673 F2d 724 Harrison v. A B Ayers

673 F.2d 724

3 Ed. Law Rep. 474

William D. HARRISON, Appellant,
A. B. AYERS, individually and as Chairman of the Board of
Trustees of Martin Community College, Donald R. Stout, Patsy
Bowers, Willie Bunch, Macon M. Holiday, R. M. Allen, Shirley
P. Brown, Russell Griffin, William Manson, Ed N. Farnell and
Henry Johnson, individually and as members of the Board of
Trustees of Martin Community College, Dr. Isaac B.
Southerland and Dr. Joseph B. Carter, individually and as
former presidents of Martin Community College, Appellees.

No. 81-1707.

United States Court of Appeals,
Fourth Circuit.

Argued Jan. 6, 1982.
Decided March 5, 1982.

Willis A. Talton, Greenville, N. C., for appellant.

William R. Peel, Williamston, N. C. (Peel & Peel, Williamston, N. C., on brief), for appellees.

Before WINTER, Chief Judge, HAYNSWORTH, Senior Circuit Judge, and HALL, Circuit Judge.

K. K. HALL, Circuit Judge:

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Harrison, an administrator at Martin Community College in Williamston, North Carolina, sued the Board of Trustees and other officials of the college alleging that they had deprived him of his liberty and property without due process when they did not renew his contract after seven years' service. The district court found that Harrison did not possess a constitutionally protected interest in continued employment sufficient to invoke due process safeguards. We agree and affirm the decision of the district court.


Harrison was hired by the college in 1969 as director of evening programs. The school had no provision for tenure, but his contract was routinely renewed at two year intervals for six years. However, his performance became unsatisfactory, and, in June of 1976, he was rehired for a probationary period of six months instead of the usual two years. His work continued to be unsatisfactory, so in December of 1976, the president recommended to the Board of Trustees that he be let go. He was granted a hearing before the board, which resulted in an additional six months' probationary contract. That contract specifically stipulated that Harrison did not have and would "not acquire tenure express or implied." He did not request another hearing when the last contract was not renewed in June of 1977.


On these facts, we cannot find that Harrison possessed any property or liberty interest in continued employment which would give rise to expectations of due process before termination.


Property interests are not formed in a vacuum, but must "stem from an independent source such as state law rules or understandings that secure certain benefits and that support claims of entitlement to those benefits." Board of Regents v. Roth, 408 U.S. 564, 577, 92 S.Ct. 2701, 2709, 33 L.Ed.2d 548 (1972).1 The school did not have a tenure policy.2 Further, in his last contract, Harrison agreed that he did not have nor could he ever expect tenure. Thus, he can point to nothing to support his subjective allegation that he should be considered a tenured employee with an attendant property interest in continued employment.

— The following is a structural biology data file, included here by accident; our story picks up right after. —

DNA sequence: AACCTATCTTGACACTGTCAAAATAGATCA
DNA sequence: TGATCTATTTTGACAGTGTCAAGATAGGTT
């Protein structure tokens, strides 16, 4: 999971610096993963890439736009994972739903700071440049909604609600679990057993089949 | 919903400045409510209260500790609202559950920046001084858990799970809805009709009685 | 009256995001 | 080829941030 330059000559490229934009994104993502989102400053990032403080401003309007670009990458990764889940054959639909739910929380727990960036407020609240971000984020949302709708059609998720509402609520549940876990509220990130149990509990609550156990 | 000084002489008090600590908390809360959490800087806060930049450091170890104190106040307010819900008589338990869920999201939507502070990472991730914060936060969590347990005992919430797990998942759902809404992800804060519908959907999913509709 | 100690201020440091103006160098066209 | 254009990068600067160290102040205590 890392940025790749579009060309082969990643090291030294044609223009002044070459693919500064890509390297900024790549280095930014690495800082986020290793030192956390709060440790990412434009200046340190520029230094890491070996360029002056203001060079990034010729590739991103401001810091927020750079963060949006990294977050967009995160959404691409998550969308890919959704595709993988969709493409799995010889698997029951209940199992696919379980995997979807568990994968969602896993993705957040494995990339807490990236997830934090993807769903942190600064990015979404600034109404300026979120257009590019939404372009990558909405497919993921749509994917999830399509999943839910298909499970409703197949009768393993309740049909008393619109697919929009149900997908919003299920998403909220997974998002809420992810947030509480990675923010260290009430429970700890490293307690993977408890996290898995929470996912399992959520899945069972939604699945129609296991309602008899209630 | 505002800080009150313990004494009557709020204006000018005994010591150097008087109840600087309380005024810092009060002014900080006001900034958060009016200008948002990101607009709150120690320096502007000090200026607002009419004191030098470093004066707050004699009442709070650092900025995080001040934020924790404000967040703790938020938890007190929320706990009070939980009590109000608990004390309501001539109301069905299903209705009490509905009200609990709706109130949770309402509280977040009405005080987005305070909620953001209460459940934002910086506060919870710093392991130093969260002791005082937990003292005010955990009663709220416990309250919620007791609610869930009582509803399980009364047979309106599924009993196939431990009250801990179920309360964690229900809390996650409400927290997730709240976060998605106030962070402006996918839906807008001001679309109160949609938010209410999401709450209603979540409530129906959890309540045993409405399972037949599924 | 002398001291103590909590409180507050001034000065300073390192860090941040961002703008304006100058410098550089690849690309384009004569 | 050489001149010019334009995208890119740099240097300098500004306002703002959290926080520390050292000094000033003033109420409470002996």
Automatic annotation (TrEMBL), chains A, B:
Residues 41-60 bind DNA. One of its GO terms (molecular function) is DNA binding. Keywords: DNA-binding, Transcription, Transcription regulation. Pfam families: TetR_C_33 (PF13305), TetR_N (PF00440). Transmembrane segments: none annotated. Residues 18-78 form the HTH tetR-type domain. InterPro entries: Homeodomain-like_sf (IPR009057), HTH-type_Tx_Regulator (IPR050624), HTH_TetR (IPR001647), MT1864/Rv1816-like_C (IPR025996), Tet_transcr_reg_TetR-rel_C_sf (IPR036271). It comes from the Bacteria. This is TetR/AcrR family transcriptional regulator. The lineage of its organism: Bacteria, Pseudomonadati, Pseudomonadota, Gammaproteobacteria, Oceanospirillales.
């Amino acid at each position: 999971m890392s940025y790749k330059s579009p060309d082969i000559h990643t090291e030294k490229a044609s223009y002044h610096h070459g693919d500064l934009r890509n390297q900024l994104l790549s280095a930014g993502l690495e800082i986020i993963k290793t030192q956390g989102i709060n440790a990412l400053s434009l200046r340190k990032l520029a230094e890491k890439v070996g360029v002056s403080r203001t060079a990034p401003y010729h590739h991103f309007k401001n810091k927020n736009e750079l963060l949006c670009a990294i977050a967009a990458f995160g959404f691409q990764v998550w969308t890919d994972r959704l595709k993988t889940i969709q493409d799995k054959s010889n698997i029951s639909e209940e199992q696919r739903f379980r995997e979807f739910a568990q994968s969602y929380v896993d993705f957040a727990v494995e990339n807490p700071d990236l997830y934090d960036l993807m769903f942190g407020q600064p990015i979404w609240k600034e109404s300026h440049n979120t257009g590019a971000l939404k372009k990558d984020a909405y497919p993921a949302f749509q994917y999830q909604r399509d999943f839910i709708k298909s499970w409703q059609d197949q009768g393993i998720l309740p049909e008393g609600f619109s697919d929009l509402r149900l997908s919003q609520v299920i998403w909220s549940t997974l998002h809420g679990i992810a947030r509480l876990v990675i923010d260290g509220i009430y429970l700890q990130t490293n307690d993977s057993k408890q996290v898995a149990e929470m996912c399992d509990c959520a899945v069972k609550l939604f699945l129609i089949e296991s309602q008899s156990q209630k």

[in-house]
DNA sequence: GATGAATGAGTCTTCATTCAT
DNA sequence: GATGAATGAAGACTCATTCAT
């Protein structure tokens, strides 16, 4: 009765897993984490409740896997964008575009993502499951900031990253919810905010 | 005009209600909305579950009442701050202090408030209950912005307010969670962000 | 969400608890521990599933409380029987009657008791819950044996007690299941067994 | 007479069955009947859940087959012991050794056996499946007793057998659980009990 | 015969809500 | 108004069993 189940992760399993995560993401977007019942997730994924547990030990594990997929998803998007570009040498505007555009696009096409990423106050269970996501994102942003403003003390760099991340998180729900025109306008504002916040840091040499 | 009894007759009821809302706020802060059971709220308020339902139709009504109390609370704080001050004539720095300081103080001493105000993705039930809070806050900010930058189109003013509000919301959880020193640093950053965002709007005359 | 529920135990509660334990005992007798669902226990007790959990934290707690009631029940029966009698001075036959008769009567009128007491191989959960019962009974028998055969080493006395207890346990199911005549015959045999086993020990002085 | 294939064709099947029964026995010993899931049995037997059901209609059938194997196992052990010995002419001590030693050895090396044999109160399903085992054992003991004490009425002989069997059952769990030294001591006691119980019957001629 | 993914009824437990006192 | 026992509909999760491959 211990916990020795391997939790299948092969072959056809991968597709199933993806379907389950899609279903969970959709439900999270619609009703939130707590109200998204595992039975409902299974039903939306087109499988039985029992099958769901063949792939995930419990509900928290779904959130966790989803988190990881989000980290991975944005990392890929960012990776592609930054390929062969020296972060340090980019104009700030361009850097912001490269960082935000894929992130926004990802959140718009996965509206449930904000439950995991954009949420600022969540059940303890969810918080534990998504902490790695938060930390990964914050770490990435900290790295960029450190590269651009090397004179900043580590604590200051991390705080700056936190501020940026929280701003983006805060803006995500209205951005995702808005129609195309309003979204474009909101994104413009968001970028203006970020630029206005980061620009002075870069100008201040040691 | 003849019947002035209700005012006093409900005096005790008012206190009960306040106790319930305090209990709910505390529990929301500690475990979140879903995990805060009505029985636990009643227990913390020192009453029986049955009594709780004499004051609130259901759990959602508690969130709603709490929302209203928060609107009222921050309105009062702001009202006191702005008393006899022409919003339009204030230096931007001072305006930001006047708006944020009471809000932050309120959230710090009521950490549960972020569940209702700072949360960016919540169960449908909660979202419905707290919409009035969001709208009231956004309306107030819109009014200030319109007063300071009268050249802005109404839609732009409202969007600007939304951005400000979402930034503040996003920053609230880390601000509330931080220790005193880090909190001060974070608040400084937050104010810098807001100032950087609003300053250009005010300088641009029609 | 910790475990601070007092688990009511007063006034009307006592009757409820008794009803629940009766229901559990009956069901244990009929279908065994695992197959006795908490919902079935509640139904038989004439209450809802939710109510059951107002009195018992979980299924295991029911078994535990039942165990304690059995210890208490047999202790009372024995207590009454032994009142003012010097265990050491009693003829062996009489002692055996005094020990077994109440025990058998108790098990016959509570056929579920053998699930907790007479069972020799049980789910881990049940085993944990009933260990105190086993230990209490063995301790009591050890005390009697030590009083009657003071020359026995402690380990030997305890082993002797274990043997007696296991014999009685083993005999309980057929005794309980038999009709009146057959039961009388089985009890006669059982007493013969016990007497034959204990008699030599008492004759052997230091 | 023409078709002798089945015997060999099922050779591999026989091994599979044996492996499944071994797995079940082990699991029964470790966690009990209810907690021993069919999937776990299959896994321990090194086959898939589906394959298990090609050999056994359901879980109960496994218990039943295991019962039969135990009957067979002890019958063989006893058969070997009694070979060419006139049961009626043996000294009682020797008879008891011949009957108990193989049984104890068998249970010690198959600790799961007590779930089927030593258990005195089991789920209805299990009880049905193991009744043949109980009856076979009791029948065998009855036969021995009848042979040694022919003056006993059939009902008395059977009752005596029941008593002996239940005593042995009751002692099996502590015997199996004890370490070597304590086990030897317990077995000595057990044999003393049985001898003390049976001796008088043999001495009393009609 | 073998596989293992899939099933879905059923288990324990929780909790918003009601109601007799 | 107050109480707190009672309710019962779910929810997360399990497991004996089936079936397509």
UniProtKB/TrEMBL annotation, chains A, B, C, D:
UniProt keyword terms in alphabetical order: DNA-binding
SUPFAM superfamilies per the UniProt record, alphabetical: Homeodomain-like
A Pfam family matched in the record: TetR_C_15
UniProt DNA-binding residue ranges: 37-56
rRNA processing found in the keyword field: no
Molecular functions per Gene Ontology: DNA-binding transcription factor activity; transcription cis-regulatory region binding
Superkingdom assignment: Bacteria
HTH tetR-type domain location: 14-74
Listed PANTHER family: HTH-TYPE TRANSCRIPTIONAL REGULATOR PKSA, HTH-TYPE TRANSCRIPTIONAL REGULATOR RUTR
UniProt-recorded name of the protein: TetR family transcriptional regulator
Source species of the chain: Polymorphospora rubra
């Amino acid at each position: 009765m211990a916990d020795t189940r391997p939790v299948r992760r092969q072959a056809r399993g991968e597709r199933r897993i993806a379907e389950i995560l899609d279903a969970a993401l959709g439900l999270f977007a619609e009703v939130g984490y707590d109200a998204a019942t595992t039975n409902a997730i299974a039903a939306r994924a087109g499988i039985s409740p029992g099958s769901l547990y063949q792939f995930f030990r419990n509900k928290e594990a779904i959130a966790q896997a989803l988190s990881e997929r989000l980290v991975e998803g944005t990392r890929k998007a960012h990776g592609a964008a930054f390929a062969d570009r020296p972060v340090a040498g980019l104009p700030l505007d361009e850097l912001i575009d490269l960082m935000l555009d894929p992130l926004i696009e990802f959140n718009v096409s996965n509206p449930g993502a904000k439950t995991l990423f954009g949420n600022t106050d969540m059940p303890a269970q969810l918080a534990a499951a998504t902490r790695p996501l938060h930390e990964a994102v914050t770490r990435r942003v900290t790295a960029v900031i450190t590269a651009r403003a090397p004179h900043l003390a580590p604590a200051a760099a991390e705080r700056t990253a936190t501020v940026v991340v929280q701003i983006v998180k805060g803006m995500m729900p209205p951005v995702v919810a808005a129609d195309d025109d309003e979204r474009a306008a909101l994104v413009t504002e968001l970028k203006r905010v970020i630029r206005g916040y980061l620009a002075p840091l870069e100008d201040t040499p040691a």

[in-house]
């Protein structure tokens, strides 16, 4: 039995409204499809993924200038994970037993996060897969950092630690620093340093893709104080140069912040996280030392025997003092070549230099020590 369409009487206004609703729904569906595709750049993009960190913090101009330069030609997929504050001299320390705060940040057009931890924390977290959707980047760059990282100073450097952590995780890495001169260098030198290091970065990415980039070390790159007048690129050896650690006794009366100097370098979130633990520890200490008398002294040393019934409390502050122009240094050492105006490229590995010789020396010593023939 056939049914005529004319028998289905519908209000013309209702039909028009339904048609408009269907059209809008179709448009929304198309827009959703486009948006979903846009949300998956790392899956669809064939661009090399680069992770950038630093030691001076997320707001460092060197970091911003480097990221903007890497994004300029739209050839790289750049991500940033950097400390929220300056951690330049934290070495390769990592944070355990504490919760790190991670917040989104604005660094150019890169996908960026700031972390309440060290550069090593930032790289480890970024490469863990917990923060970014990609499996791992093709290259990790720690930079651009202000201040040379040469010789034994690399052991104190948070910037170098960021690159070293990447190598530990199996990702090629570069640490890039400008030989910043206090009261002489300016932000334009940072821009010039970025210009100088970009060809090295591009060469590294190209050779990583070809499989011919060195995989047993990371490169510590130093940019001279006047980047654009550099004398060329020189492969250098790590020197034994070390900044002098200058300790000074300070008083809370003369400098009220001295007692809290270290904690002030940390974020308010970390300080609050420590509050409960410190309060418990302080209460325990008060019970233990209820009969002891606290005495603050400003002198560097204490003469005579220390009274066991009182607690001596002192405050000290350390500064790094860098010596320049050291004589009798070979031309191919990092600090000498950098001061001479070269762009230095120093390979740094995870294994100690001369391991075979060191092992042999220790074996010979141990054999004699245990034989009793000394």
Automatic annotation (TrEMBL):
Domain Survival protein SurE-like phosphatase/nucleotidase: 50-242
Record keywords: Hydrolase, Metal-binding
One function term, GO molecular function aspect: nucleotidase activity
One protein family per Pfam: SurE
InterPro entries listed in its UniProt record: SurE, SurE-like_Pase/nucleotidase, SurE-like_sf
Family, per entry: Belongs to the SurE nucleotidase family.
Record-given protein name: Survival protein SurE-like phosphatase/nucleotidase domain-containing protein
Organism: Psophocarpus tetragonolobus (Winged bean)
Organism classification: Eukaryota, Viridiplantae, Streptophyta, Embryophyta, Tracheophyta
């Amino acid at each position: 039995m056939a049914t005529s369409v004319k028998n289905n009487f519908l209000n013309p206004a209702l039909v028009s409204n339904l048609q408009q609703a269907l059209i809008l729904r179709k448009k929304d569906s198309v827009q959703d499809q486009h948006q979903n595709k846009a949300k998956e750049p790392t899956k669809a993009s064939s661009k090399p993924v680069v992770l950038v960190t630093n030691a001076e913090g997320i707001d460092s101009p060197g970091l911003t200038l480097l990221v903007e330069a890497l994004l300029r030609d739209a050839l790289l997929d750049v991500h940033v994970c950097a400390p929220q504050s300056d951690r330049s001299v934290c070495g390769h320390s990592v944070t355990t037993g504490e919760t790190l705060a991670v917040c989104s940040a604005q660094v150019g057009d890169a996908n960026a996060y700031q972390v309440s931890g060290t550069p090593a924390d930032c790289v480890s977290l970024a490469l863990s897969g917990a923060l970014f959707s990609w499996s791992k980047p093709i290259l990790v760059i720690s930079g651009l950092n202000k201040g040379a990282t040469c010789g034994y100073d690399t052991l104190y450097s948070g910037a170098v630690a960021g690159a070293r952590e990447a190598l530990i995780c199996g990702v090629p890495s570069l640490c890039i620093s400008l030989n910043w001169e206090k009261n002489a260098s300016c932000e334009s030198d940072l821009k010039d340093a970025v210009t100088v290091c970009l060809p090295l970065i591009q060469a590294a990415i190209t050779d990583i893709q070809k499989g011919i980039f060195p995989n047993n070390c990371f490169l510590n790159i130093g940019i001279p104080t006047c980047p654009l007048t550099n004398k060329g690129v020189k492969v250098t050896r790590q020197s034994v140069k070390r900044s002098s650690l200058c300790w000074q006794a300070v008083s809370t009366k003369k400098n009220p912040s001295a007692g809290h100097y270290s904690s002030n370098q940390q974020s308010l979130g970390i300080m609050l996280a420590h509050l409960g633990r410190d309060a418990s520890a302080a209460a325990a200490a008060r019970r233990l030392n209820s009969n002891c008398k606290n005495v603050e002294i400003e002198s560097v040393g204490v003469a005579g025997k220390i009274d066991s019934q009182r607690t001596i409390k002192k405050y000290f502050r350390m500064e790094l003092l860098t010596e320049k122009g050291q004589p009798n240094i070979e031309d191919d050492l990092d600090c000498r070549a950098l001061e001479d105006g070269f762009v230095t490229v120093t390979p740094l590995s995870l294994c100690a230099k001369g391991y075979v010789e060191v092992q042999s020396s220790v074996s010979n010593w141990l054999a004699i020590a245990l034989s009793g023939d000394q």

Nor was Harrison deprived of a liberty interest. This was not a case where the circumstances surrounding the termination besmirched the plaintiff's integrity or good name. Compare Johnson v. Fraley, 470 F.2d 179 (4th Cir. 1972). For example, Harrison was not fired abruptly, but was given a full year to find another position. Under these circumstances, the defendants' actions could have caused but minimal injury to his reputation.


In sum, Harrison did not possess a constitutionally protected interest in continued employment at Martin Community College.3 Accordingly, the decision of the district court is affirmed.



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We use Roth, a teacher tenure case, only as an example. There was no proof in this case that Harrison taught classes in addition to performing his administrative duties. Our decision does not turn on this point and we make no determination that educational administrators have the same tenure rights as are granted to teachers merely because they all work for academic institutions


There was a policy of continuing contracts for teachers who were pursuing post-graduate degrees. However, Harrison never proved that he would qualify for the protection of that limited policy


Although Harrison was not entitled to a final hearing, he was not "deprived" of one; he had been granted an earlier hearing, but he did not request a final one